It certainly seems as if Kristin Hersh is exploring the idea of extremes this year. As well as the reformed Throwing Muses album (released on the same day as this), she’s also released her sixth solo album. According to Hersh they’re both linked as they were both recorded during the same year in Rhode Island. That’s about as far as the similarity goes though.
Where the Muses is noisy and uncompromising, The Grotto is hushed and quiet with a deep sense of melancholy hanging over it. In fact, Hersh seems to have returned to the sound of her debut solo album Hips And Makers. Where later material such as Sky Motel and Sunny Border Blue showcased electric guitars, The Grotto sees Hersh’s voice accompanied by a plucked acoustic guitar, a piano and occasionally a violin.
The advantage of such a set up, besides the sheer beauty of some of the tracks on here, is that Hersh’s extraordinary voice is shown off to its very best effect. It’s the sort of voice that can produce all kinds of emotion, from despair to wonderment and these songs are its perfect vehicle. The sparseness of the backing also lets us hear Hersh’s lyrics, which is a blessing as they’re as fascinating as you’d expect.
For instance the opening line of the first track Sno Cat – “a man made of butterfat/careening around on a sno cat” – manages to conjure up an image from just two lines. It’s a talented songwriter who can manage that, and Hersh does it time and time again on The Grotto. Her well publicised troubles seem close to the surface as well – SRB begins with “headfirst into the headboard, I’m shatterproof”, and perhaps most evocatively of all, Vitamins V tells us “I’m staring into the fishtank, my fist full of valium”.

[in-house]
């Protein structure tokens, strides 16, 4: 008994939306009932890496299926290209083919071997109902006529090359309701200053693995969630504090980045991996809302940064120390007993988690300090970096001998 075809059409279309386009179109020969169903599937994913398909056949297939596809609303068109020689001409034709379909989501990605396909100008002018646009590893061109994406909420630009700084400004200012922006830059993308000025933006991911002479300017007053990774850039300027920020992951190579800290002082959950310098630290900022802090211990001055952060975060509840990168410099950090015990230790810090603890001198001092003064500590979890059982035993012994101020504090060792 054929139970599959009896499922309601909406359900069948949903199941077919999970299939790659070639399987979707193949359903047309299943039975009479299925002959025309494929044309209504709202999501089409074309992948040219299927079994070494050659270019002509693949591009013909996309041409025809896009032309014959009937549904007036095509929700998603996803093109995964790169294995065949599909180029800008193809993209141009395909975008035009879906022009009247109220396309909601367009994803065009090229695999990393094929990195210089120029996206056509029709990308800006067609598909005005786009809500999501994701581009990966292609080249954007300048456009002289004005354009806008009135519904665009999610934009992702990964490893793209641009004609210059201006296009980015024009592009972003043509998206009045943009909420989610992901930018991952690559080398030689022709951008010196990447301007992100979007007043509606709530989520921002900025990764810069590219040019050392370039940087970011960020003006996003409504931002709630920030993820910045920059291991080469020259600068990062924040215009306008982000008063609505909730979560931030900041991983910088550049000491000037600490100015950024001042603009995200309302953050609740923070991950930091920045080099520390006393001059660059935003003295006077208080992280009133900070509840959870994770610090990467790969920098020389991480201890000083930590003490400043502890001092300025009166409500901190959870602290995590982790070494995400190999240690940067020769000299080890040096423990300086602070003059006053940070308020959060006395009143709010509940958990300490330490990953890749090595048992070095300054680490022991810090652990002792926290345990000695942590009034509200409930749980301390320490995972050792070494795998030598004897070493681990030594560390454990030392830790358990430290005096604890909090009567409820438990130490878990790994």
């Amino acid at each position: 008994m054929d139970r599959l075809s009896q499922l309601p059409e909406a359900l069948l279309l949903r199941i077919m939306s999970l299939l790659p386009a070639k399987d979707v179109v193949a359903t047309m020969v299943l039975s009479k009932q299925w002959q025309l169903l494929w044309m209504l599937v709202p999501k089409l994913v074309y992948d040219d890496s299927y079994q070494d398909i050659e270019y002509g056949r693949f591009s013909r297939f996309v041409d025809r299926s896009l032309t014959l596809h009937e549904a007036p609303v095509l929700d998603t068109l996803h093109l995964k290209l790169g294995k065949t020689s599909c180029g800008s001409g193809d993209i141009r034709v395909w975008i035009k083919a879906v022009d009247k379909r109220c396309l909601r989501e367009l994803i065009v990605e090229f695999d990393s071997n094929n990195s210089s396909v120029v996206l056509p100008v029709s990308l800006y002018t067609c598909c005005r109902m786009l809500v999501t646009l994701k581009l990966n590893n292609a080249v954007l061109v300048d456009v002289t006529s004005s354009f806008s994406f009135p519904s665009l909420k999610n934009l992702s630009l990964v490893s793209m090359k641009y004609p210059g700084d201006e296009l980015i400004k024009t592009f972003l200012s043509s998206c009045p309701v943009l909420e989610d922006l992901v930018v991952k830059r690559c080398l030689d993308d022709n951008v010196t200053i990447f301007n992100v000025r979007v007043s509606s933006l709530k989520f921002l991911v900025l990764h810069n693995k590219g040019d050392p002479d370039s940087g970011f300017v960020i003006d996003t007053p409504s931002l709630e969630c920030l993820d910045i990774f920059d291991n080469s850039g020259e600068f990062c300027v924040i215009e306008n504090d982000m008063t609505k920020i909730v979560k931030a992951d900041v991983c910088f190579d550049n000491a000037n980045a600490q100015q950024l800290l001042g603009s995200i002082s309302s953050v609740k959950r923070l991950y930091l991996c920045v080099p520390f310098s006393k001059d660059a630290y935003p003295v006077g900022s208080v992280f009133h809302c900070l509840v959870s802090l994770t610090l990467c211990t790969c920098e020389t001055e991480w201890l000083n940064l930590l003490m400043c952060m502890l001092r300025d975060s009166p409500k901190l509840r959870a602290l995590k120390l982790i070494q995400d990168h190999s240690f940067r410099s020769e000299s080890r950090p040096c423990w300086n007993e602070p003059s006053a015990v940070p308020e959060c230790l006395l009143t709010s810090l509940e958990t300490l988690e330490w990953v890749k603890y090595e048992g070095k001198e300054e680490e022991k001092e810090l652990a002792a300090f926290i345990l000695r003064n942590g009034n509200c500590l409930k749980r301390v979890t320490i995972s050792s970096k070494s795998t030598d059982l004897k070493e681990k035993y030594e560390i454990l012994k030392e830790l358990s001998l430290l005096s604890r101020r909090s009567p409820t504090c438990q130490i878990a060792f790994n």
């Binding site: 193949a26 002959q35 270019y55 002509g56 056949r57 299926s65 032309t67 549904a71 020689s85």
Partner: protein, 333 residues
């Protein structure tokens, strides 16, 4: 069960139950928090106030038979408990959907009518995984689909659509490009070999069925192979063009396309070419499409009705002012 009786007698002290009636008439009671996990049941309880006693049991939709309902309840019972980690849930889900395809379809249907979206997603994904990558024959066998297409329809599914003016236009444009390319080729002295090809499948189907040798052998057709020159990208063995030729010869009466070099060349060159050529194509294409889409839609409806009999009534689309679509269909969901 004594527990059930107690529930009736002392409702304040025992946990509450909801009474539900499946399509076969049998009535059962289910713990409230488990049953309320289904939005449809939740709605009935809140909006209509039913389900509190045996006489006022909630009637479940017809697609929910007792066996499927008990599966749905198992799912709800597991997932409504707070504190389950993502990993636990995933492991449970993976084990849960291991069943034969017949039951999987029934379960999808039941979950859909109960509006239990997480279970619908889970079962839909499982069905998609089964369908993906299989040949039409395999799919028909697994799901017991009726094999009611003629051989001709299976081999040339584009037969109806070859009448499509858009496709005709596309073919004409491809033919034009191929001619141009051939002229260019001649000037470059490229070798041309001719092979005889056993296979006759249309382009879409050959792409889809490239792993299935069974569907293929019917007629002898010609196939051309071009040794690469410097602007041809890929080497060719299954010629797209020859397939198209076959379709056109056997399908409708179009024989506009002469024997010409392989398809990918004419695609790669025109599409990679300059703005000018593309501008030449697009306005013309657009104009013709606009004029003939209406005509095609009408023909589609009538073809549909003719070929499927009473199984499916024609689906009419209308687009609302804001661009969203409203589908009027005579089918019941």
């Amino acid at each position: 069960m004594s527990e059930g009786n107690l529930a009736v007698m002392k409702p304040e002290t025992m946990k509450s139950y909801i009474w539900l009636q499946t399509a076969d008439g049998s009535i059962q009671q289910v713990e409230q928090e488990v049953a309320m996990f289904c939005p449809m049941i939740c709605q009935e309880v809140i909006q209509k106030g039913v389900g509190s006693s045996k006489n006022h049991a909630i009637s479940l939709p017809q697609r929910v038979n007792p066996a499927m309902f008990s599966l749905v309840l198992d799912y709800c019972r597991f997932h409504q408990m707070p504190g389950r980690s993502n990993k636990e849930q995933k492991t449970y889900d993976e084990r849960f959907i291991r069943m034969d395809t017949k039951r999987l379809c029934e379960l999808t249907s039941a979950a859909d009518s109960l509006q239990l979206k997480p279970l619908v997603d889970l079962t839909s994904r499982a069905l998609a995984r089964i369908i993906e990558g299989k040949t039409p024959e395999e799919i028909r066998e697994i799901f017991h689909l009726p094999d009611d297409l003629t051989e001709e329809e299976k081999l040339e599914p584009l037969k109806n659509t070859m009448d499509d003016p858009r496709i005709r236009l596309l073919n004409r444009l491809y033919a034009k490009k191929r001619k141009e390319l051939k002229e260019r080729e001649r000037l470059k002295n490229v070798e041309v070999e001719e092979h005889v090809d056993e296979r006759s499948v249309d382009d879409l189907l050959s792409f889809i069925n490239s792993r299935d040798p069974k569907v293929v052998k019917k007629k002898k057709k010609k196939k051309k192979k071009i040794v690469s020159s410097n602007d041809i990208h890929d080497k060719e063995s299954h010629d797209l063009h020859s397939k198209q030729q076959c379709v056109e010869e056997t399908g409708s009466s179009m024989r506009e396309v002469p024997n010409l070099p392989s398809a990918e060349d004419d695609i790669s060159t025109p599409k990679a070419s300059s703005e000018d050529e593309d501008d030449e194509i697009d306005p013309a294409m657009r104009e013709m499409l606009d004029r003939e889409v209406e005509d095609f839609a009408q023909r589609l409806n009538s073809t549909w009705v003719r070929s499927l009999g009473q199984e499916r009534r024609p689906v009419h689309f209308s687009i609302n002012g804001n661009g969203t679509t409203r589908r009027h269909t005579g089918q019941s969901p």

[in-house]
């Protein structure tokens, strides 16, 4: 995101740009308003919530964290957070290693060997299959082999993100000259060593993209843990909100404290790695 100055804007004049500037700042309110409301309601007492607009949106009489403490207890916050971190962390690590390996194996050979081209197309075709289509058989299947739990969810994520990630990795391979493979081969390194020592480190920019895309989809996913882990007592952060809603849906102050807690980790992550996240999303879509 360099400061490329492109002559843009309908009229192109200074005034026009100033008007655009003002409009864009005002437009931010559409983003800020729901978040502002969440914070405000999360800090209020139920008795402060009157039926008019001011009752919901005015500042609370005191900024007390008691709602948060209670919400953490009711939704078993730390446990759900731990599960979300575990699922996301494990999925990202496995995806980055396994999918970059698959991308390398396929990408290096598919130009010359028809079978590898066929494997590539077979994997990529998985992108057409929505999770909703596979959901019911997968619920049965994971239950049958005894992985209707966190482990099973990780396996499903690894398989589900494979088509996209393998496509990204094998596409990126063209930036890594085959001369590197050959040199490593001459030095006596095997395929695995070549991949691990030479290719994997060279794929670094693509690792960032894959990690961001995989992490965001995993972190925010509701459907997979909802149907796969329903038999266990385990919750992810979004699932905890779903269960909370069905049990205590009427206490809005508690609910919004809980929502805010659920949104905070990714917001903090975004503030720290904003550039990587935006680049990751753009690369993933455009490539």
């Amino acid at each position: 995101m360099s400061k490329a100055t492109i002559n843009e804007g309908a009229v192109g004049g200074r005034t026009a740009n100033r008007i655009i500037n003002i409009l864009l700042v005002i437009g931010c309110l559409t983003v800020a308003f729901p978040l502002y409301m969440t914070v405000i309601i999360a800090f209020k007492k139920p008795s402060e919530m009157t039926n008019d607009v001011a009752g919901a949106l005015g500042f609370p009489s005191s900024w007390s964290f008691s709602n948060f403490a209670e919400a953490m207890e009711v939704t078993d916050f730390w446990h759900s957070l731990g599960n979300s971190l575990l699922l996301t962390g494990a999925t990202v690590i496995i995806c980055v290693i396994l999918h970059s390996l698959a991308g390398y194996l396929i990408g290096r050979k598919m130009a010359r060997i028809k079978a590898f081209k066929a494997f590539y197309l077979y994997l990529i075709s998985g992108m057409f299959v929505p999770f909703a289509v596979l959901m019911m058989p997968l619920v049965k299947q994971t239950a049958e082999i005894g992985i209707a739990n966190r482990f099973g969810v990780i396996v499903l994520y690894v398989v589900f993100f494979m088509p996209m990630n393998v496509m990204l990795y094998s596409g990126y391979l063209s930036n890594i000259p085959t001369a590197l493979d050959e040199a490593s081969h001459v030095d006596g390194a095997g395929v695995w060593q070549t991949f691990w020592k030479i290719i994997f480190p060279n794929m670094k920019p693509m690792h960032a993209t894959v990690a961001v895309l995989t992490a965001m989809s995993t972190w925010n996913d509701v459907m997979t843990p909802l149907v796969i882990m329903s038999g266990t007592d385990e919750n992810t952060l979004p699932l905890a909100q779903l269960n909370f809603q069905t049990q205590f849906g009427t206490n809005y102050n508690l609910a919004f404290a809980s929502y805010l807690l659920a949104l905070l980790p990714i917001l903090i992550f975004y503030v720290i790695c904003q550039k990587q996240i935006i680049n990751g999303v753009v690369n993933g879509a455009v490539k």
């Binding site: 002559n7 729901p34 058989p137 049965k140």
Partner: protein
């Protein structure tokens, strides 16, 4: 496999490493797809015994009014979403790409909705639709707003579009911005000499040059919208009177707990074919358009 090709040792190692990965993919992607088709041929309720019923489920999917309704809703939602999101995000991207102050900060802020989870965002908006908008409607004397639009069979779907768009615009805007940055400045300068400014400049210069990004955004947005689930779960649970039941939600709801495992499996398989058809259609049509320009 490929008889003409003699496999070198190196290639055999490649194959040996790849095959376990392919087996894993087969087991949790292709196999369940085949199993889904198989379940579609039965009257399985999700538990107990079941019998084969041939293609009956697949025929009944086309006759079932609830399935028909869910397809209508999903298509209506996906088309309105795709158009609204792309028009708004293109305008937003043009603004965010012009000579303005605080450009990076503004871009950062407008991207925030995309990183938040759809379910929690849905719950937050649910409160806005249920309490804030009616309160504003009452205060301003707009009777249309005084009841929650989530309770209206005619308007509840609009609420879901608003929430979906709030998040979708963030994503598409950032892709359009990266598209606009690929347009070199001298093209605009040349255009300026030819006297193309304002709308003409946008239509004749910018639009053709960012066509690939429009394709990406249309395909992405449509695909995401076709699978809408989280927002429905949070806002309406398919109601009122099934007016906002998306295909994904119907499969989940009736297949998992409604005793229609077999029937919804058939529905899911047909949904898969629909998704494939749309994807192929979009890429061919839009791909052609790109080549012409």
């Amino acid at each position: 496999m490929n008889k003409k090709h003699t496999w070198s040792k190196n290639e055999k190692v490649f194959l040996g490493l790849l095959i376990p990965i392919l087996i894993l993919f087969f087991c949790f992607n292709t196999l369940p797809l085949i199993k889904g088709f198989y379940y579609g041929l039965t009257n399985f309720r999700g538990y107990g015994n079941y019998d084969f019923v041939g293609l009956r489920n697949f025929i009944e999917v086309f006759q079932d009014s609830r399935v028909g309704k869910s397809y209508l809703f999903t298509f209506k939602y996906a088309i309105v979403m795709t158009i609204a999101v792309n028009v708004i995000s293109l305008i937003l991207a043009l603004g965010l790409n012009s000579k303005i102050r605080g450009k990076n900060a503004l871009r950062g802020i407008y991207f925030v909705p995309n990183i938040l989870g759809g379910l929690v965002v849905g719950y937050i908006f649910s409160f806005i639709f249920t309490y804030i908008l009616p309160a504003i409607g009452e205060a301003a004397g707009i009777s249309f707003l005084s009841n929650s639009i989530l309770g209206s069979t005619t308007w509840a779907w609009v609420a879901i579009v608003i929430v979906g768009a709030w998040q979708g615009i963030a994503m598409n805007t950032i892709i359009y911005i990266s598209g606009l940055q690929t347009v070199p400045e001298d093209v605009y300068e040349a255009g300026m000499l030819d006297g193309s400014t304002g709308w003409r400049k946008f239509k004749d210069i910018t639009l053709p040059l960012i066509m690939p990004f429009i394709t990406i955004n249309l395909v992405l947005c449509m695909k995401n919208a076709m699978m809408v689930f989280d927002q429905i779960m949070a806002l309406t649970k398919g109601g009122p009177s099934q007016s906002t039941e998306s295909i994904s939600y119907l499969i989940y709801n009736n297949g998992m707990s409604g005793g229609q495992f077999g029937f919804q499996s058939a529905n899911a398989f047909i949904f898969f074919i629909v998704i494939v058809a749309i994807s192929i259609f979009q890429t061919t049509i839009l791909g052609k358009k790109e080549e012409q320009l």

Although the stories behind the lyrics come from mundane times (Sno Cat is about Hersh out driving late at night after an argument with her husband), some of the imagery becomes quite sad and dark. Lines such as “aching for children you’ve never seen, it’s a tragedy” and “I hate clever sons of bitches who won’t leave a girl alone/to rot in peace” indicate that the angst that’s become her trademark still resides inside her.
If this sounds like an acquired taste, well it probably is. The bleakness and stripped down sound of The Grotto means that it probably isn’t the best album for the uninitiated to become acquainted with Hersh. Some songs mesh into each other, due to the similarity of the arrangements, and none of these tracks will be featured on the latest party compilation. However, if you’re a fan of the unique talent that is Kristin Hersh, this melancholy, wistful album will soon become like an old friend.